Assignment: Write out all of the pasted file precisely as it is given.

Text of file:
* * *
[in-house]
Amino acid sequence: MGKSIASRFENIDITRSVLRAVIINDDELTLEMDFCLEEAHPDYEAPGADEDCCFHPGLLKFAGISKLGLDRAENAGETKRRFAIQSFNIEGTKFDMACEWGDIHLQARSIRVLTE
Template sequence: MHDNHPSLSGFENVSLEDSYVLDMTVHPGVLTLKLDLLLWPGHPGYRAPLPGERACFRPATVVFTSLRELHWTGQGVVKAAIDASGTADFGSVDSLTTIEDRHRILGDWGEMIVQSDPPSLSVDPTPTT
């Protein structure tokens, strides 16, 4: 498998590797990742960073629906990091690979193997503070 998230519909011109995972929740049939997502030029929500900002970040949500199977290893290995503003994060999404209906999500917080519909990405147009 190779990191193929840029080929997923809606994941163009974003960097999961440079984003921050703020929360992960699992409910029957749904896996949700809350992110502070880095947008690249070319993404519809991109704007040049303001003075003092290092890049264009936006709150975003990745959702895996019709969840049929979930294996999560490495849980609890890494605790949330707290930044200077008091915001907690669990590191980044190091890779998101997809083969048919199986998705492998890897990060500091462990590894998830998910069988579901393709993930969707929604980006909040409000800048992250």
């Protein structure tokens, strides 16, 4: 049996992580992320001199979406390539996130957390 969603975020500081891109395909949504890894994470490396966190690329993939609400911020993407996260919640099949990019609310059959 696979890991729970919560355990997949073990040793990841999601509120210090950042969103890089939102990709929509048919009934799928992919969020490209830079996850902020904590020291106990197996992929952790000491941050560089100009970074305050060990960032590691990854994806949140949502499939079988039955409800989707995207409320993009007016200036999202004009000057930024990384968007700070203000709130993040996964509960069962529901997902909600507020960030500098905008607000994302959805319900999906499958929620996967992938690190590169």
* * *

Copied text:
[in-house]
Amino acid sequence: MGKSIASRFENIDITRSVLRAVIINDDELTLEMDFCLEEAHPDYEAPGADEDCCFHPGLLKFAGISKLGLDRAENAGETKRRFAIQSFNIEGTKFDMACEWGDIHLQARSIRVLTE
Template sequence: MHDNHPSLSGFENVSLEDSYVLDMTVHPGVLTLKLDLLLWPGHPGYRAPLPGERACFRPATVVFTSLRELHWTGQGVVKAAIDASGTADFGSVDSLTTIEDRHRILGDWGEMIVQSDPPSLSVDPTPTT
């Protein structure tokens, strides 16, 4: 498998590797990742960073629906990091690979193997503070 998230519909011109995972929740049939997502030029929500900002970040949500199977290893290995503003994060999404209906999500917080519909990405147009 190779990191193929840029080929997923809606994941163009974003960097999961440079984003921050703020929360992960699992409910029957749904896996949700809350992110502070880095947008690249070319993404519809991109704007040049303001003075003092290092890049264009936006709150975003990745959702895996019709969840049929979930294996999560490495849980609890890494605790949330707290930044200077008091915001907690669990590191980044190091890779998101997809083969048919199986998705492998890897990060500091462990590894998830998910069988579901393709993930969707929604980006909040409000800048992250």
């Protein structure tokens, strides 16, 4: 049996992580992320001199979406390539996130957390 969603975020500081891109395909949504890894994470490396966190690329993939609400911020993407996260919640099949990019609310059959 696979890991729970919560355990997949073990040793990841999601509120210090950042969103890089939102990709929509048919009934799928992919969020490209830079996850902020904590020291106990197996992929952790000491941050560089100009970074305050060990960032590691990854994806949140949502499939079988039955409800989707995207409320993009007016200036999202004009000057930024990384968007700070203000709130993040996964509960069962529901997902909600507020960030500098905008607000994302959805319900999906499958929620996967992938690190590169």